Anyway, I pleaded with him that I wasn’t to blame, and, after some questioning, he let me go with no more than a ticking off. I think both men had felt sorry for me; they could clearly see from my shaking and mumbling that I wasn’t someone who was likely to be the ringleader of a gang of trouble-makers, especially ones older than me! Still, I was quite upset that I had been implicated in all this.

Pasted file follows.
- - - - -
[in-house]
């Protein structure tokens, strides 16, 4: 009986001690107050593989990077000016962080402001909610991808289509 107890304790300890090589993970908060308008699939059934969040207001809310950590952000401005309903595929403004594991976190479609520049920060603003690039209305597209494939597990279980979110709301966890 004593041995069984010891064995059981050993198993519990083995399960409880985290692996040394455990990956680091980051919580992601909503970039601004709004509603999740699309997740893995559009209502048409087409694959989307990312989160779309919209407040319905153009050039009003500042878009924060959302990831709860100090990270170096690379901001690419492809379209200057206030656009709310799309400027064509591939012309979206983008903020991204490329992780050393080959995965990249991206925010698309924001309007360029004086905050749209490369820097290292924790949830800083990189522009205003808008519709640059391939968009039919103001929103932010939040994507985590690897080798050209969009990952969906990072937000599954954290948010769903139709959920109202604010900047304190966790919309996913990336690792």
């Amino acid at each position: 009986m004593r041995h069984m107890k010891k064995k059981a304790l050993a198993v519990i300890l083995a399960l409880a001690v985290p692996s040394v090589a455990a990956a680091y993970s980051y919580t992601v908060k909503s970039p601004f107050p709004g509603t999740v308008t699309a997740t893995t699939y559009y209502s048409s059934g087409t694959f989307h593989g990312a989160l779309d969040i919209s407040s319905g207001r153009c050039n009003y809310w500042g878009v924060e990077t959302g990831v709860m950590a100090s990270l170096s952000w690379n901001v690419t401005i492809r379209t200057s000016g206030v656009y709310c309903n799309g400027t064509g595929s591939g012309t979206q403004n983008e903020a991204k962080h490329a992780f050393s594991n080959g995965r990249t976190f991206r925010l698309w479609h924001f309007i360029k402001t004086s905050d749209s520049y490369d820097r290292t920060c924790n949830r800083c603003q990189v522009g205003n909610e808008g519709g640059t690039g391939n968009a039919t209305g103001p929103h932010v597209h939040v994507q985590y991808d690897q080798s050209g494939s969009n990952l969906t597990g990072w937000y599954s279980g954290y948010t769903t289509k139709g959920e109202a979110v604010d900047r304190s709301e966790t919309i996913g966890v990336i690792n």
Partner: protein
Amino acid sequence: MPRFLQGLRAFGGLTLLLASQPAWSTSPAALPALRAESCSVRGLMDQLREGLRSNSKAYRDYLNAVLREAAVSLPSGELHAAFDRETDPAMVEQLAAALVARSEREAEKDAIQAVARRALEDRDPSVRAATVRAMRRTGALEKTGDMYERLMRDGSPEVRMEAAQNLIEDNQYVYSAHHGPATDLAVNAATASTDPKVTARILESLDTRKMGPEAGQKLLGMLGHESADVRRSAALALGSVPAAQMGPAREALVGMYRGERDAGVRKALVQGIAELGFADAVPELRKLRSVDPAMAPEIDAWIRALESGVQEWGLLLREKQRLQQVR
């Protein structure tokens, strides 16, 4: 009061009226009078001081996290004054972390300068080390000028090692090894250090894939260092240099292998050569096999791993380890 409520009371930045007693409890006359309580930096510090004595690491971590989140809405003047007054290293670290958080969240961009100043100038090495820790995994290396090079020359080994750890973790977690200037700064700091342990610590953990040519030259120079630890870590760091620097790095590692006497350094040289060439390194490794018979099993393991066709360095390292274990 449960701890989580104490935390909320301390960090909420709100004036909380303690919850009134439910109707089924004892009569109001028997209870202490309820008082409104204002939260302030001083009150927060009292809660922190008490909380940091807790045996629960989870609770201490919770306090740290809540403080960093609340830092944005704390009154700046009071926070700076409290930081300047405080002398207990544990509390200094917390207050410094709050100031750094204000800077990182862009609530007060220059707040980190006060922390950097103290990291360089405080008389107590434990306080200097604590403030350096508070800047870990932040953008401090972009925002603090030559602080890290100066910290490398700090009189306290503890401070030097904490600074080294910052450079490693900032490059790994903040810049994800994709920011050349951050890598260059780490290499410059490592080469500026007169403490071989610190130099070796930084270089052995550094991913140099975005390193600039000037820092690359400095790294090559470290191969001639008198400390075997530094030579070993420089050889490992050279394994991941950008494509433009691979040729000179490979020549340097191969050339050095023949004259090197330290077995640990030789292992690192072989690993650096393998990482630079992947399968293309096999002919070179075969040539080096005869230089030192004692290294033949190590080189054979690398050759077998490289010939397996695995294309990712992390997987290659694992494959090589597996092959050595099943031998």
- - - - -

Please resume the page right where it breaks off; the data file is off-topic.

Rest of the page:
By then it was getting quite late. So I set off home to my house in Cockburn Street. I was proceeding leisurely on foot when, on passing the Ancient Church, my attention was suddenly arrested by the strange and uncanny appearance of its graveyards. The time would then be shortly after ten. The whole burying ground seemed alive and glistening with a thousand small blueish lights, like little flames, which appeared to creep in and out of the different graves, as if the departed spirits were taking a late evening ramble. I stood petrified, not knowing what to make of it, at the same time experiencing a feeling of horror which suddenly took complete possession of me. Just at this moment the moon, which had up until then been more or less obscured by a moving panorama of passing clouds, came, as it would seem, to my assistance, giving me for a very short time the benefit of her companionship. And now appeared the most startling phenomenon of all, a phenomenon which caused my hair to stand on end with fright, a cold numbness of horror, paralysing me in every limb — for advancing up the road, directly opposite to me, came a funeral train, the coffin borne along with measured tread, covered with an immense black pall, which fluttered up in the evening wind.